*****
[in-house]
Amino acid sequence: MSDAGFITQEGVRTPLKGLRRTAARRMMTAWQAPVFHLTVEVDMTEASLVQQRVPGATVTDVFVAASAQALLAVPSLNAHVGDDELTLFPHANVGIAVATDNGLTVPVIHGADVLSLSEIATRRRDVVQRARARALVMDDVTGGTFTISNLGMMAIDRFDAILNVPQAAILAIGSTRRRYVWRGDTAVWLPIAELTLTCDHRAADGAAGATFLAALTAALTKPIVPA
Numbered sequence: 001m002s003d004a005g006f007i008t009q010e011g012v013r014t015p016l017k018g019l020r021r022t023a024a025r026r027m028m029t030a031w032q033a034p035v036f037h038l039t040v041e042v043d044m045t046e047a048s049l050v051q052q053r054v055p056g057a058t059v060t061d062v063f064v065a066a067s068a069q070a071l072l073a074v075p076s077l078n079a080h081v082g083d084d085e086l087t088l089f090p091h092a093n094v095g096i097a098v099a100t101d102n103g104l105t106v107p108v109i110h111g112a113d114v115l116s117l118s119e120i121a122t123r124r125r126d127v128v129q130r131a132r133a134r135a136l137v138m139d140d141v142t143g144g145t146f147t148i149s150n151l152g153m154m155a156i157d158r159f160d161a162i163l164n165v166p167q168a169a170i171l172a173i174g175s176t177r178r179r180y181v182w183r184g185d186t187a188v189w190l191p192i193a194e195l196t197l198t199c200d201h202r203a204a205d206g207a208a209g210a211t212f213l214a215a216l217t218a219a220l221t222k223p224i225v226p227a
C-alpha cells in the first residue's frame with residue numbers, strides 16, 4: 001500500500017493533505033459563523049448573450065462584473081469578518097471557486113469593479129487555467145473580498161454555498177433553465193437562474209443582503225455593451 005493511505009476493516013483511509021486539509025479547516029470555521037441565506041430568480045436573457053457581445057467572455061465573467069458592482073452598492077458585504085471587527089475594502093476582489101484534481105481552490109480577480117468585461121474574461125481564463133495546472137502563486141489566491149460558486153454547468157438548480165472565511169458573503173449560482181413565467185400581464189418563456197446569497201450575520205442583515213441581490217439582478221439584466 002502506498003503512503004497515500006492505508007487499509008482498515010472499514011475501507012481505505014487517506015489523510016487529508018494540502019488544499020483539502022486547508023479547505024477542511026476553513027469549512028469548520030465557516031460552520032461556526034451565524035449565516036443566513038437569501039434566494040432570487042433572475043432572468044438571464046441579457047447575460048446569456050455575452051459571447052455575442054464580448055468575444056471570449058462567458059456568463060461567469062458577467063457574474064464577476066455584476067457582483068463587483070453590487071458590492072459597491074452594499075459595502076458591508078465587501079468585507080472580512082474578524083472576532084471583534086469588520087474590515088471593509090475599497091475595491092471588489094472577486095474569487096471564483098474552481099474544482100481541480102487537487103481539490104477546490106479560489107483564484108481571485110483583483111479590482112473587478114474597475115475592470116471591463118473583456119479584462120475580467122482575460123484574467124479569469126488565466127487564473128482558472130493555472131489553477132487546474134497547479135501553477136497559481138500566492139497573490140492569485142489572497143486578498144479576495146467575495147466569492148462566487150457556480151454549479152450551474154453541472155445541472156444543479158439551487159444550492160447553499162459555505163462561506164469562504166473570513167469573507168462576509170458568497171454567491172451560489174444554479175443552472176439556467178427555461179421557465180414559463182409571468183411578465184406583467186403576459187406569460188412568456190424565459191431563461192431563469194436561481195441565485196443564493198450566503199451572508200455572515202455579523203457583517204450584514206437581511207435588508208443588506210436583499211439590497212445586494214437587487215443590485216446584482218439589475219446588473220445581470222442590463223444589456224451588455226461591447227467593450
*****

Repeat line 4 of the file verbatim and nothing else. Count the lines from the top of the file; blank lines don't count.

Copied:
C-alpha cells in the first residue's frame with residue numbers, strides 16, 4: 001500500500017493533505033459563523049448573450065462584473081469578518097471557486113469593479129487555467145473580498161454555498177433553465193437562474209443582503225455593451 005493511505009476493516013483511509021486539509025479547516029470555521037441565506041430568480045436573457053457581445057467572455061465573467069458592482073452598492077458585504085471587527089475594502093476582489101484534481105481552490109480577480117468585461121474574461125481564463133495546472137502563486141489566491149460558486153454547468157438548480165472565511169458573503173449560482181413565467185400581464189418563456197446569497201450575520205442583515213441581490217439582478221439584466 002502506498003503512503004497515500006492505508007487499509008482498515010472499514011475501507012481505505014487517506015489523510016487529508018494540502019488544499020483539502022486547508023479547505024477542511026476553513027469549512028469548520030465557516031460552520032461556526034451565524035449565516036443566513038437569501039434566494040432570487042433572475043432572468044438571464046441579457047447575460048446569456050455575452051459571447052455575442054464580448055468575444056471570449058462567458059456568463060461567469062458577467063457574474064464577476066455584476067457582483068463587483070453590487071458590492072459597491074452594499075459595502076458591508078465587501079468585507080472580512082474578524083472576532084471583534086469588520087474590515088471593509090475599497091475595491092471588489094472577486095474569487096471564483098474552481099474544482100481541480102487537487103481539490104477546490106479560489107483564484108481571485110483583483111479590482112473587478114474597475115475592470116471591463118473583456119479584462120475580467122482575460123484574467124479569469126488565466127487564473128482558472130493555472131489553477132487546474134497547479135501553477136497559481138500566492139497573490140492569485142489572497143486578498144479576495146467575495147466569492148462566487150457556480151454549479152450551474154453541472155445541472156444543479158439551487159444550492160447553499162459555505163462561506164469562504166473570513167469573507168462576509170458568497171454567491172451560489174444554479175443552472176439556467178427555461179421557465180414559463182409571468183411578465184406583467186403576459187406569460188412568456190424565459191431563461192431563469194436561481195441565485196443564493198450566503199451572508200455572515202455579523203457583517204450584514206437581511207435588508208443588506210436583499211439590497212445586494214437587487215443590485216446584482218439589475219446588473220445581470222442590463223444589456224451588455226461591447227467593450